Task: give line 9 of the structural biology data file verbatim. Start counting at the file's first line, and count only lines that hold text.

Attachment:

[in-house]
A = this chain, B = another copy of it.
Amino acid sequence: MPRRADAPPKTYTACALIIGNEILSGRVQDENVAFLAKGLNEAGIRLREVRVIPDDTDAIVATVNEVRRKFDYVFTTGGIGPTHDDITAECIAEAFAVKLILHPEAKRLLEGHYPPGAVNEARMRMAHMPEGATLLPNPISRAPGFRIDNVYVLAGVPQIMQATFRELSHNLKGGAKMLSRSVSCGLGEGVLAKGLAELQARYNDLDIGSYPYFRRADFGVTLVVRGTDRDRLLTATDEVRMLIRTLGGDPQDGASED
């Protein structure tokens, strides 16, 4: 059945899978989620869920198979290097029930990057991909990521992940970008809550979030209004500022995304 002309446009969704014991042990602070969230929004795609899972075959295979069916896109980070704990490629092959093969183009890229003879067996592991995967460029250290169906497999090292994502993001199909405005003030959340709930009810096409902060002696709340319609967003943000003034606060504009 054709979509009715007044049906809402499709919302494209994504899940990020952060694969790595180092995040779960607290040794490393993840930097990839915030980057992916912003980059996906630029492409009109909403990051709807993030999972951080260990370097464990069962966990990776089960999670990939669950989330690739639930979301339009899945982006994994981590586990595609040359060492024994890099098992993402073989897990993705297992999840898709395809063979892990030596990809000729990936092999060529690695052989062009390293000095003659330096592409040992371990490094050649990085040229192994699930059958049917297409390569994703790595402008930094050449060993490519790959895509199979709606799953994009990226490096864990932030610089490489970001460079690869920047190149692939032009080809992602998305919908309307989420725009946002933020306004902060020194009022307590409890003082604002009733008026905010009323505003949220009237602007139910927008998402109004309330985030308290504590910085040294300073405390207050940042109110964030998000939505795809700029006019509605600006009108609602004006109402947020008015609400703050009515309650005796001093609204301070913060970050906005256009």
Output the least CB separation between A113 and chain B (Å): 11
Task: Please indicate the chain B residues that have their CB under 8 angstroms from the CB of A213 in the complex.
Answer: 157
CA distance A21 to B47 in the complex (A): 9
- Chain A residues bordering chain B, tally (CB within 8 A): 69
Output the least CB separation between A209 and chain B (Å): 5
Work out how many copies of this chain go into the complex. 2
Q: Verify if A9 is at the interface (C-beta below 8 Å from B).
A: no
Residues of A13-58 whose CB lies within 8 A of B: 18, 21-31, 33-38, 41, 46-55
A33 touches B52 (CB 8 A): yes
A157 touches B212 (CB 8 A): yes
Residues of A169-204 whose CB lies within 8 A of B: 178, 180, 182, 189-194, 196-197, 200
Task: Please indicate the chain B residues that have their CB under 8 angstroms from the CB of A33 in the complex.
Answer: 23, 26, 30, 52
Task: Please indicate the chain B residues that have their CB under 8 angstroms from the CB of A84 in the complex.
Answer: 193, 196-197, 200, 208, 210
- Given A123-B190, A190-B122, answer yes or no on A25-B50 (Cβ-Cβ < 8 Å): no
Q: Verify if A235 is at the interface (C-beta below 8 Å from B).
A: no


- Chain A residues bordering chain B, tally (CB within 8 A): 69